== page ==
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Rachel
 
 

Rachel [Kindle Edition]

Andrei Gelasimov , Marian Schwartz

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Product Description

Product Description

With icons like Chubby Checker and Yuri Gagarin, the Moscow that Svyatoslav Semyonovich inhabits at the onset of the Cold War brims with the flashy visual textures of capitalism. A Jewish teenager on the hunt for black-market tight pants and rock records, Svyatoslav somehow fails to develop his undying love for Lyuba into a happy ending. He finds work in a mental institution, runs off to Kiev with one of the patients, marries a few times, has a son, becomes a professor, and halfheartedly runs interference for the KGB. Always taking great pleasure in the experiences of others, including his patients and lovers, Svyatoslav flounders through his own life but never loses sight of Lyuba, his biblical Rachel, his great love. A professor and close reader of both Russian and American literature, Svyatoslav tries to interpret his eccentric life as if it were a text to be read, only to learn that life happens off the page.

About the Author

Born in Irkutsk in 1965, Andrei Gelasimov studied foreign languages at Yakutsk State University and directing at Moscow Theater Institute. He became an overnight literary sensation in Russia in 2001 when his story A Tender Age, which he published on the Internet, was awarded a prize for the best debut. It went on to garner the Apollon Grigorev and Belkin Prizes, and his novels have regularly enjoyed critical and popular success in Russia and throughout Europe. This is his fourth novel to be published in English, following Thirst, The Lying Year, and Gods of the Steppe, winner of Russia’s National Bestseller Prize in 2009 and praised by Bookslut as “a very rich, good book.” Gelasimov adapted Thirst for the screen, and the film, directed by Dmitriy Tyurin, won first prize in the Moscow Premiere Screenings at the Moscow International Film Festival and the Jury Prize at the Sochi Open Russian Film Festival.


Product details

  • Format: Kindle Edition
  • File Size: 2114 KB
  • Print Length: 322 pages
  • Page Numbers Source ISBN: 161109075X
  • Publisher: AmazonCrossing (22 April 2014)
  • Sold by: Amazon Media EU S.à r.l.
  • Language: English
  • ASIN: B00H8UTBMS
  • Text-to-Speech: Enabled
  • X-Ray:
  • Amazon Bestsellers Rank: #595,031 Paid in Kindle Store (See Top 100 Paid in Kindle Store)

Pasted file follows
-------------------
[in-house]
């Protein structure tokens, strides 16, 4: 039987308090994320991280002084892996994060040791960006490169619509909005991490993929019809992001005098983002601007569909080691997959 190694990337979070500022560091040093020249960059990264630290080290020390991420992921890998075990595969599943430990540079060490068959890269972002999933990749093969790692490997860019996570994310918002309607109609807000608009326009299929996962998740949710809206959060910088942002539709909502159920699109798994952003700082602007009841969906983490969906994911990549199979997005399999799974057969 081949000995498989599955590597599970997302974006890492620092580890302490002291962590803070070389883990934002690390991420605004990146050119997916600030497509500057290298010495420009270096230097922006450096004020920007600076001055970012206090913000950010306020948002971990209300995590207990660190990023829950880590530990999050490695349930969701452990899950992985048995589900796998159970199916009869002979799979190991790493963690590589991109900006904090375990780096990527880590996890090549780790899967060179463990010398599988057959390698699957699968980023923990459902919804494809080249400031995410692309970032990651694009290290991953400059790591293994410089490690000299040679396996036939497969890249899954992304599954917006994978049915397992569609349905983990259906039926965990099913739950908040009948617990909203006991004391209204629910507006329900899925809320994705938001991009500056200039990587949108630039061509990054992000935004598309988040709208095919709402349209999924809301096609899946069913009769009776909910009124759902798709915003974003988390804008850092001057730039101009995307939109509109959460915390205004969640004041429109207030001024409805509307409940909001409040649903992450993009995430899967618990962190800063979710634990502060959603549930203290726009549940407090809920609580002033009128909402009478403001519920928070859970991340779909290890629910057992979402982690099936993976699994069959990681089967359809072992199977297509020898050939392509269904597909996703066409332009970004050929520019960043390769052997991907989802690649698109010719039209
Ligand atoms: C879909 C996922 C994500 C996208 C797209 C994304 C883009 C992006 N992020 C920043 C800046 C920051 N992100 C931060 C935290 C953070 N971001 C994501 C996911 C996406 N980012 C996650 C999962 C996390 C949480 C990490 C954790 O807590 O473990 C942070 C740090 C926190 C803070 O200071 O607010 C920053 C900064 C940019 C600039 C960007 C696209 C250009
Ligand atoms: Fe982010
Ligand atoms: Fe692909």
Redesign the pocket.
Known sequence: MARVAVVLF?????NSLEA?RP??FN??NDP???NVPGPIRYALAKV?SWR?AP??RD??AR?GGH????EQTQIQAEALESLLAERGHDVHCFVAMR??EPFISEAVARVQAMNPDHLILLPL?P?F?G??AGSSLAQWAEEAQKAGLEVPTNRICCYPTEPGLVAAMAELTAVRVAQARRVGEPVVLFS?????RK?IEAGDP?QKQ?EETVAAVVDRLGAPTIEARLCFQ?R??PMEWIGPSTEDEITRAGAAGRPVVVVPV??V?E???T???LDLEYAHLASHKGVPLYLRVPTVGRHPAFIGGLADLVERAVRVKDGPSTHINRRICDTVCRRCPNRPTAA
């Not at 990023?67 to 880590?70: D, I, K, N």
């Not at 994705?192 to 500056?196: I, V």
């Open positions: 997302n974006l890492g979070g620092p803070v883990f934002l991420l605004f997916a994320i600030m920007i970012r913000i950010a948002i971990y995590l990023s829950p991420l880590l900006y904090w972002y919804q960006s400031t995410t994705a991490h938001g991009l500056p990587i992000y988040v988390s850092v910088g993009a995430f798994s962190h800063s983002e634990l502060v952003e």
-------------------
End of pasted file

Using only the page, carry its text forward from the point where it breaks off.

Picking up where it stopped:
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Most Helpful Customer Reviews on Amazon.com (beta)
Amazon.com: 5.0 out of 5 stars  1 review
6 of 6 people found the following review helpful
5.0 out of 5 stars Full of Epiphanies, Eccentric, and Modern Russian Literary Novel 21 May 2014
By Joy Cagil - Published on Amazon.com
Format:Kindle Edition
Svyatoslav Semyonovich, an elderly and well-rounded professor of American and Russian literature, mulls over his life, which he feels he couldn’t get it right somehow. During his present-day difficulties the only person he can really relate to is his pregnant daughter-in-law who is a kleptomaniac.

The professor has married three times and his first wife Lyuba, whom he calls Rachel for the Biblical Rachel, still has an emotional hold on him. His memories ebb and flow through his life, as a Jewish teen at the onset of the Cold War, through his marriages in which the three wives appear as if they are omnipresent, in a job as a workman in a psychiatric hospital because of his undying love for Lyuba who was hospitalized there, then running off to Kiev with a patient, and to protect his daughter-in-law, his stint with a KGB man, until Yeltsin’s coming to power.

Svyatoslav Semyonovich, although his own eccentric life disappoints him, seems to enjoy the others’ experiences greatly. He is sarcastic about his own self and mocks himself greatly, but his views have great psychological depth and his words startle the reader through sudden and profound epiphanies, as he attempts to look at his own life as if a text.

Although the story starts during the time of the professor’s old age with his daughter-in-law taking care of him and keeping him company, it dips back and forth through the several different stages and decades, and at times, its frequent back and forth motion surprised and at times stunned this reader as if a jolt.

I recommend this book to readers who love world literature because I found it to be quite different and somewhat eccentric than any book I have read recently. I also think, reading this book can give us a tiny peephole into the present-day Russian literature.
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